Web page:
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Electoral Rules and Corruption

  • Torsten Persson

    (Stockholm University)

  • Guido Tabellini

    (Bocconi University)

  • Francesco Trebbi

    (Harvard University)

Is corruption systematically related to electoral rules? Recent theoretical work suggests a positive answer. But little is known about the data. We try to address this lacuna by relating corruption to different features of the electoral system in a sample of about eighty democ-racies in the 1990s. We exploit the cross-country variation in the data, as well as the time variation arising from recent episodes of electoral reform. The evidence is consistent with the theoretical priors. Larger voting districts-and thus lower barriers to entry-are associated with less corruption, whereas larger shares of candidates elected from party lists-and thus less individual accountability-are associated with more corruption. Individual accountability appears to be most strongly tied to personal ballots in plurality-rule elections, even though open party lists also seem to have some effect. Because different aspects roughly offset each other, a switch from strictly proportional to strictly majoritarian elections only has a small negative effect on corruption. (JEL: E62, H3) Copyright (c) 2003 The European Economic Association.

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Article provided by MIT Press in its journal Journal of the European Economic Association.

Volume (Year): 1 (2003)
Issue (Month): 4 (06)
Pages: 958-989

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Handle: RePEc:tpr:jeurec:v:1:y:2003:i:4:p:958-989
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  1. Richard Blundell & Monica Costa Dias, 2000. "Evaluation methods for non-experimental data," Fiscal Studies, Institute for Fiscal Studies, vol. 21(4), pages 427-468, January.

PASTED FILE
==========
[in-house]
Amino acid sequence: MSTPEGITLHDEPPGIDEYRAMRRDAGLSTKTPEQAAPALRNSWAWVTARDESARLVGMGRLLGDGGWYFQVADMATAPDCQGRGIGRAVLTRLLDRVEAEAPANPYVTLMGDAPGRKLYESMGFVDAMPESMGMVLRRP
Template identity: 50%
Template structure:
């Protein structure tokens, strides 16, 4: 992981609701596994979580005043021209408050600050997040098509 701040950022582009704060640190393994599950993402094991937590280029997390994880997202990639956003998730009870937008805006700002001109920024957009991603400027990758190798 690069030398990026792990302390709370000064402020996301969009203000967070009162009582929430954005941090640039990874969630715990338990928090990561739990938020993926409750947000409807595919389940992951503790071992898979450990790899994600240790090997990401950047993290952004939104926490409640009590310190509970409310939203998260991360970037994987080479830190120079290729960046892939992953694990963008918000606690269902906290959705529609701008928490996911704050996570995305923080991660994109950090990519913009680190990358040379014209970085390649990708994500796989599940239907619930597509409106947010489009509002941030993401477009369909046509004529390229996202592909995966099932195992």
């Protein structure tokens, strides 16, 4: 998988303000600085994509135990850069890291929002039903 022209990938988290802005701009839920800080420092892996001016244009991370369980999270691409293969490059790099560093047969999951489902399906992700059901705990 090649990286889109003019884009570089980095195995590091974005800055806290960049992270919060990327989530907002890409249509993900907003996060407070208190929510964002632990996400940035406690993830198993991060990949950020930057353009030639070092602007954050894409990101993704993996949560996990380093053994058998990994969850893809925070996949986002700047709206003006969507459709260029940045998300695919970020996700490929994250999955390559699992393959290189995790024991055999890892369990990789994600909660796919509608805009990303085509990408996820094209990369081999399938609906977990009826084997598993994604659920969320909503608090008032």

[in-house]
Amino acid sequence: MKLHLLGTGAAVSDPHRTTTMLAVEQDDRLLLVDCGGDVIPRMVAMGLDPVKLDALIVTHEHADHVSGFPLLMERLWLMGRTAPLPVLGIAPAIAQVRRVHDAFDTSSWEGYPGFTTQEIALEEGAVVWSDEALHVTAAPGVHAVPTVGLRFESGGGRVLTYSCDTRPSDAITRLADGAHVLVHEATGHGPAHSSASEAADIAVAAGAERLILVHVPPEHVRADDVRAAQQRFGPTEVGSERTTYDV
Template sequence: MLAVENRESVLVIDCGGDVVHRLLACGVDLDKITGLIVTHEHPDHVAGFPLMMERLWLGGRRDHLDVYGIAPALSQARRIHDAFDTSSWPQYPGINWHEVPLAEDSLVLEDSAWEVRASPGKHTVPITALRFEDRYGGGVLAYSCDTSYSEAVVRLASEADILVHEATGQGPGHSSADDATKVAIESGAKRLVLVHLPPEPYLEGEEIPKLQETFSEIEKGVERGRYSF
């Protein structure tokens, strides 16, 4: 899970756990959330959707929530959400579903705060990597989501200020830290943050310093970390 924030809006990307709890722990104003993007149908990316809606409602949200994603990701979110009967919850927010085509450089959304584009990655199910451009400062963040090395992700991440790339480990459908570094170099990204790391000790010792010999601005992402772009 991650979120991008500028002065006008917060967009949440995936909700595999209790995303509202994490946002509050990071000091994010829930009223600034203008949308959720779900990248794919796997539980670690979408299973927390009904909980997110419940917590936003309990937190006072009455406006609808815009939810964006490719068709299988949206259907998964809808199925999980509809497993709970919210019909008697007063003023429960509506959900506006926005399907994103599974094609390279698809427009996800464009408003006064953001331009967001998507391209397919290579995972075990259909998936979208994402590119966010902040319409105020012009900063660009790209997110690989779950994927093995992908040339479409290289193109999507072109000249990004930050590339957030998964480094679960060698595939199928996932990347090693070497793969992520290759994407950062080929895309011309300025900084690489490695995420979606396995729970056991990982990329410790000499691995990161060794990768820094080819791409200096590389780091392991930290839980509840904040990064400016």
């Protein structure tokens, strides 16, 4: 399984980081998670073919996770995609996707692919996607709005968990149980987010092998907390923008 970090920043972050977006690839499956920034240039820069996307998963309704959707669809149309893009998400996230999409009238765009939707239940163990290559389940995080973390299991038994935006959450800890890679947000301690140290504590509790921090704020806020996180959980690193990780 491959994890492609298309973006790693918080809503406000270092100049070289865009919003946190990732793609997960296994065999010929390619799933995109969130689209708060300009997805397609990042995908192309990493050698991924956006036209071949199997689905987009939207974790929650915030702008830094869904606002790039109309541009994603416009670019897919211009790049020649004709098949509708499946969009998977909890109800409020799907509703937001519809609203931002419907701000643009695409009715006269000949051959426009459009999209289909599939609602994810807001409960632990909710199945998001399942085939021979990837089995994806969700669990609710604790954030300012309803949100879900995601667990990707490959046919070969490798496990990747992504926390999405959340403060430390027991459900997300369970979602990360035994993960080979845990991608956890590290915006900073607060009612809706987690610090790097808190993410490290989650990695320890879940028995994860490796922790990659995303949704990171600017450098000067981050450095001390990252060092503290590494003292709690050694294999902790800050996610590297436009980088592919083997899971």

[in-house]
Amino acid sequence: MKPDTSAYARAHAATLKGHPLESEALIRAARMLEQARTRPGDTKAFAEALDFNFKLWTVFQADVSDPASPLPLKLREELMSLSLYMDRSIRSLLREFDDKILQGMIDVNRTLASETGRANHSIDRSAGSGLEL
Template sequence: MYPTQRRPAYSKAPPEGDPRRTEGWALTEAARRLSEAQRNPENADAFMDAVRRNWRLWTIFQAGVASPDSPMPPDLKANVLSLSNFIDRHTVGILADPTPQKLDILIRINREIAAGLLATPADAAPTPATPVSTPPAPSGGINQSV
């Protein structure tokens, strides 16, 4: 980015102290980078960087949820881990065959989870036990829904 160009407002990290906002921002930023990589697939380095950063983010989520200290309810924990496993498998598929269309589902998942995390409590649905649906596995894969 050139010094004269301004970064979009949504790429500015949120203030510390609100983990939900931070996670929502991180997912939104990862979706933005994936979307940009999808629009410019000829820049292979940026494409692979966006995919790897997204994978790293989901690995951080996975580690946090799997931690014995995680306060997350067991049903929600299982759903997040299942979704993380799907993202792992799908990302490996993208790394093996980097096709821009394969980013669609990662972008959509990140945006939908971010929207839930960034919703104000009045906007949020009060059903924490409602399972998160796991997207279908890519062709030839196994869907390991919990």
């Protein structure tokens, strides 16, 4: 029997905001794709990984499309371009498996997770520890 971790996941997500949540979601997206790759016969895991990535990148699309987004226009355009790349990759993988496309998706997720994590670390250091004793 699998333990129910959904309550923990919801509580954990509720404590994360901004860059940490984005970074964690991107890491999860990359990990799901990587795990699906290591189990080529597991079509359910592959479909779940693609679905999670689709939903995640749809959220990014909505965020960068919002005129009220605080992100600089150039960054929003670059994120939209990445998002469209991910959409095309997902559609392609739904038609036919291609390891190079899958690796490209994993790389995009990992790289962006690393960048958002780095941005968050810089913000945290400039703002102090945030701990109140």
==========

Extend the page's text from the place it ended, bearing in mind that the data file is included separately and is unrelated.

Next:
2. Rajeev H. Dehejia & Sadek Wahba, 1998. "Causal Effects in Non-Experimental Studies: Re-Evaluating the Evaluation of Training Programs," NBER Working Papers 6586, National Bureau of Economic Research, Inc.
  3. Heckman, James J & Ichimura, Hidehiko & Todd, Petra, 1998. "Matching as an Econometric Evaluation Estimator," Review of Economic Studies, Wiley Blackwell, vol. 65(2), pages 261-94, April.
  4. Heckman, James J & Ichimura, Hidehiko & Todd, Petra E, 1997. "Matching as an Econometric Evaluation Estimator: Evidence from Evaluating a Job Training Programme," Review of Economic Studies, Wiley Blackwell, vol. 64(4), pages 605-54, October.
  5. Rafael Di Tella & Alberto Ades, 1999. "Rents, Competition, and Corruption," American Economic Review, American Economic Association, vol. 89(4), pages 982-993, September.
  6. James Heckman & Hidehiko Ichimura & Jeffrey Smith & Petra Todd, 1998. "Characterizing Selection Bias Using Experimental Data," NBER Working Papers 6699, National Bureau of Economic Research, Inc.
  7. John Ferejohn, 1986. "Incumbent performance and electoral control," Public Choice, Springer, vol. 50(1), pages 5-25, January.
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